Cloud computing is what everybody seems to be talking about these days? But what does it even mean? In this short article, I’ll go over what it is and the different types of cloud deployment and delivery models.
Earlier to host applications you would have to rent or build data centers where you would store the hardware which would run your servers.
Cloud computing simply refers to using computing resources on demand without directly managing them. So instead of building data centers and buying hardware to run your apps you simply rent compute power and use that to suit your needs. Who do you rent it from? Let’s get to that later in the cloud delivery models section.
The biggest advantage of cloud computing is that instead of spending the cost of running an entire data center you only pay for the power you need. This also includes scaling up and down based on your needs. All you need to do is connect with your cloud provider and from their provided console change the resources you’re using.
Behind the scenes, these cloud providers are still running and maintaining data centers of their own but that’s none of your headache now. You just request the resources you need and you’ll be provided with them from a shared pool of resources that they maintain. Once you’re done using them those resources go back to this shared pool.
Now that we have an idea of what cloud computing is let’s see what different types of cloud deployments are available.
Private: Like the name suggests Private cloud means that the hardware on which your cloud runs is owned by you or your organization.
Public: Public cloud means that the hardware isn’t owned by you and the organization which owns this hardware provides you access to the computing power you pay them for.
Community: It is kind of like Public cloud, but it differs in the fact that access to the computing power is only allowed to a particular group of organizations or people who belong to a particular community.
Multicloud: This means you’re using resources from two or more public clouds or two or more private clouds.
Hybrid: Hybrid clouds allow you to use resources offered by both private and public clouds.
There isn’t any one best approach as such. Private clouds offer more security since the resources are provisioned for use by a single organization. The computing resources are not multitenant , meaning that systems are not shared while provisioned.
Public clouds provide resources that are generally multitenant, meaning they are shared between different users. When one user is done using the resources they are added back to the shared pool and are available for other users. These are much more cost-effective and easier to manage since you don’t have to maintain any hardware. Security these days is almost as close to that provided by private clouds.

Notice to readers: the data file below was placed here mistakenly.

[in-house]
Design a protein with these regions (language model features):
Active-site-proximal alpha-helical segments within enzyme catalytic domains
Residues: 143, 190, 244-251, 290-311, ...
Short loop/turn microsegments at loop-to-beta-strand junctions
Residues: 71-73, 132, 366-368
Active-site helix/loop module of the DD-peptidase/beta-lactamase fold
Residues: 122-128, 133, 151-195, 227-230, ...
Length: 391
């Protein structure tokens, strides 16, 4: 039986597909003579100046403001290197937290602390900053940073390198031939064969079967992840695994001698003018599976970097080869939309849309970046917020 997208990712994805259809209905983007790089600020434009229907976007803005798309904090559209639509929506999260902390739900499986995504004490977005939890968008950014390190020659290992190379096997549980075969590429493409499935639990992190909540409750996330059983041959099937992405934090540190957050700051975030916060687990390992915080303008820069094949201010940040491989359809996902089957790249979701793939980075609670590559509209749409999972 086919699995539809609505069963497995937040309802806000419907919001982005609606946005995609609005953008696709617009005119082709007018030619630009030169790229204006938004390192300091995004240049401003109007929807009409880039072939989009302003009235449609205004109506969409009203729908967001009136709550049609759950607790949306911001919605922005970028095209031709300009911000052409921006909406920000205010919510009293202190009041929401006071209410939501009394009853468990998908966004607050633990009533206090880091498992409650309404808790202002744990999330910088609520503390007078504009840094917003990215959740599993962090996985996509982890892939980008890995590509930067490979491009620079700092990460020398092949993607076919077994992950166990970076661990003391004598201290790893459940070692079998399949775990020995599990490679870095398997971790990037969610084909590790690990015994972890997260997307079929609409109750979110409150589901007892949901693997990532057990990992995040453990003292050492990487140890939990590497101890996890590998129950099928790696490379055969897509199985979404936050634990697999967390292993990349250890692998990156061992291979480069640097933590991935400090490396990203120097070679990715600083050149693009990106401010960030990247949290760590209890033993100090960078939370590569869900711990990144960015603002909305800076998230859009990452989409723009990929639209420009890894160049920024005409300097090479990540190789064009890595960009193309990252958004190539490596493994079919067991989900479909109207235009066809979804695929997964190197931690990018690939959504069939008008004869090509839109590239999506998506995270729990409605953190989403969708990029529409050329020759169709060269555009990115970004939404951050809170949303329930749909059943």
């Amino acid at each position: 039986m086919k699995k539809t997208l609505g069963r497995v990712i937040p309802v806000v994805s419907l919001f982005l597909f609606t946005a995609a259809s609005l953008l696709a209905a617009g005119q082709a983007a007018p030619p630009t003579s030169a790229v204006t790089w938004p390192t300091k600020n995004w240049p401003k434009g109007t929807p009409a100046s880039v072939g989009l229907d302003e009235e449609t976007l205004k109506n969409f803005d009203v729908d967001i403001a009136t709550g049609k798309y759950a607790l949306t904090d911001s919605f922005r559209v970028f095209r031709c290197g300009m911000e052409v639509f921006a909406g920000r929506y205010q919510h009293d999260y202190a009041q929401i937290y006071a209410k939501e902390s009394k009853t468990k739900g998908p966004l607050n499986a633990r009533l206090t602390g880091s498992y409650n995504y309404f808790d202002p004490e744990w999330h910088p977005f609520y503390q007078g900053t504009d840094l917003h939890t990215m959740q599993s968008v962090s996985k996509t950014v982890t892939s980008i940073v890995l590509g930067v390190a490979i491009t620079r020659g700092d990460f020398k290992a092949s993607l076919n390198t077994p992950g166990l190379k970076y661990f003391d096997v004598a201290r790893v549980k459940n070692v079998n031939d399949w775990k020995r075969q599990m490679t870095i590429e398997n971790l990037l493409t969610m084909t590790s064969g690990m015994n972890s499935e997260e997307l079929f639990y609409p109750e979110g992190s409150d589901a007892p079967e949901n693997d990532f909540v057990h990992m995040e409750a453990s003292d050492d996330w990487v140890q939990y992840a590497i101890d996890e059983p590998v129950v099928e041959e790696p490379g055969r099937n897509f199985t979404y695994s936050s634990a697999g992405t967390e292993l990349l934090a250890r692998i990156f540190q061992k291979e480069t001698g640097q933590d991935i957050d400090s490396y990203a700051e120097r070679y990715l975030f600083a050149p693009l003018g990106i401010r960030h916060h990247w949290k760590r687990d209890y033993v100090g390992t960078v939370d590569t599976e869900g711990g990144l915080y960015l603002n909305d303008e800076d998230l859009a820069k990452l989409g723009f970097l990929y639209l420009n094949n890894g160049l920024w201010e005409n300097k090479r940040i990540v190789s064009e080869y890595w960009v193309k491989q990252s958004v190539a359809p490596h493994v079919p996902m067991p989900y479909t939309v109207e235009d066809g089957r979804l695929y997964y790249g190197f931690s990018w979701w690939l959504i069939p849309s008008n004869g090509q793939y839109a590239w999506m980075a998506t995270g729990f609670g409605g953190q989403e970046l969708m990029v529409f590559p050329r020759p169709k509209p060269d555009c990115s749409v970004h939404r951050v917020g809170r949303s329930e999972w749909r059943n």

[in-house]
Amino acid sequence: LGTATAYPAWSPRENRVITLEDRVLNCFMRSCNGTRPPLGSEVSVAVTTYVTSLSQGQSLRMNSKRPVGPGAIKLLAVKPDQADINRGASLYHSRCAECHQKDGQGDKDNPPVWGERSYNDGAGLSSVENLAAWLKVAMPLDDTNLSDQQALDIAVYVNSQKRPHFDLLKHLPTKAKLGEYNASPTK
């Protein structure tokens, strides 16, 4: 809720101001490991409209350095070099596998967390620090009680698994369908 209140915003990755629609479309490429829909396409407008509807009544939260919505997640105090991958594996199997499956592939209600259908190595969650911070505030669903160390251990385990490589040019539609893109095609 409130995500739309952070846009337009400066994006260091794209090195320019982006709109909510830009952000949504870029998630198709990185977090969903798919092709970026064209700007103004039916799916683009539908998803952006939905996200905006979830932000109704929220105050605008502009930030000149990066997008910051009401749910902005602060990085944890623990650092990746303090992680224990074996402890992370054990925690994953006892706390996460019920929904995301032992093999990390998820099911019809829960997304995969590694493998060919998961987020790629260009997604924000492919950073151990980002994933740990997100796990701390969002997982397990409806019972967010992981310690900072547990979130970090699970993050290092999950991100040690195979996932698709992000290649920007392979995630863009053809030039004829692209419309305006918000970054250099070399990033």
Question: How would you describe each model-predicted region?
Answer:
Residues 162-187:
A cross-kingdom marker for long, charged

Multicloud uses the cloud platforms of multiple cloud providers. So it’s when you use a mix of AWS, Azure, GCP, or other cloud providers. The reason you’d want to do this is that some cloud providers might be better than others at certain types of services. It also ensures that you aren’t solely dependent on a single cloud provider. However, this does mean that setting them up ends up being a bit more complicated than using a single cloud provider.
In the SaaS model, a company hosts the application you need and provides it for you. The SaaS provider may internally use any model for the compute resources they need in order to provide you with their software. An example to make this clear is Google Workspace. Google Workspace features many SaaS productivity applications like Gmail, Calendar, Docs, etc. They make lives easier compared to the non-cloud alternatives since users now don’t have to buy the hardware and software to support an on-premise business application.
This model refers to using the compute resources traditionally found in an organization’s own data center over the internet. What this basically means is that someone will host the hardware for you and provide you access to the computing power over the internet. AWS, GCP, and Azure are examples of IaaS clouds. The main benefit they provide is that you don’t need to buy the hardware and you pay only for the resources that you use.
Under the PaaS model, a company provides the tools needed for application development, testing, and deployment to users over the internet. These days most PaaS solutions support IaaS cloud providers. For example, Amazon Web Services Elastic Beanstalk is a PaaS cloud that runs inside an IaaS cloud, that is, AWS. PaaS offerings increase developer productivity by providing abstraction from the complexities of development environments.
So this was it for this article and I hope you now have more clarity on what cloud computing means and the various cloud computing models available. If you’ve any questions or feedback, please feel free to reach out to me on Twitter.